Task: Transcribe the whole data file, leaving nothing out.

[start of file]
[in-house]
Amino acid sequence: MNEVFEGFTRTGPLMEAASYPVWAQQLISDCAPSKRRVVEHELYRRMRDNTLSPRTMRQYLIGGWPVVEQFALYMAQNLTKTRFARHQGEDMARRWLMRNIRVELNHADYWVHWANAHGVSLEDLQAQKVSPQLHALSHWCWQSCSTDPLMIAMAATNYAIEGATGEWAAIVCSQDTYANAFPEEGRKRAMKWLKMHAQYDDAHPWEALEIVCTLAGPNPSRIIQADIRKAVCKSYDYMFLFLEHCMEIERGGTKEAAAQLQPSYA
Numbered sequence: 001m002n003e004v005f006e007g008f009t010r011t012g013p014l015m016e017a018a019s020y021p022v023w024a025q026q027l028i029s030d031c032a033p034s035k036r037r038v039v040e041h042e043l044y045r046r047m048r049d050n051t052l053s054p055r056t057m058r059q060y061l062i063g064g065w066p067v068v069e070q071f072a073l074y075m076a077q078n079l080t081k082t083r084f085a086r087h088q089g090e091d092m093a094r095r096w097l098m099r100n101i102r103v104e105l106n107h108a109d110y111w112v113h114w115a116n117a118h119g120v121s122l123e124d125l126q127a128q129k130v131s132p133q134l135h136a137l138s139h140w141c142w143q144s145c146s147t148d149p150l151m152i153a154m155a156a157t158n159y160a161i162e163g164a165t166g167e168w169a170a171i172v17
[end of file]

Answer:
[in-house]
Amino acid sequence: MNEVFEGFTRTGPLMEAASYPVWAQQLISDCAPSKRRVVEHELYRRMRDNTLSPRTMRQYLIGGWPVVEQFALYMAQNLTKTRFARHQGEDMARRWLMRNIRVELNHADYWVHWANAHGVSLEDLQAQKVSPQLHALSHWCWQSCSTDPLMIAMAATNYAIEGATGEWAAIVCSQDTYANAFPEEGRKRAMKWLKMHAQYDDAHPWEALEIVCTLAGPNPSRIIQADIRKAVCKSYDYMFLFLEHCMEIERGGTKEAAAQLQPSYA
Numbered sequence: 001m002n003e004v005f006e007g008f009t010r011t012g013p014l015m016e017a018a019s020y021p022v023w024a025q026q027l028i029s030d031c032a033p034s035k036r037r038v039v040e041h042e043l044y045r046r047m048r049d050n051t052l053s054p055r056t057m058r059q060y061l062i063g064g065w066p067v068v069e070q071f072a073l074y075m076a077q078n079l080t081k082t083r084f085a086r087h088q089g090e091d092m093a094r095r096w097l098m099r100n101i102r103v104e105l106n107h108a109d110y111w112v113h114w115a116n117a118h119g120v121s122l123e124d125l126q127a128q129k130v131s132p133q134l135h136a137l138s139h140w141c142w143q144s145c146s147t148d149p150l151m152i153a154m155a156a157t158n159y160a161i162e163g164a165t166g167e168w169a170a171i172v17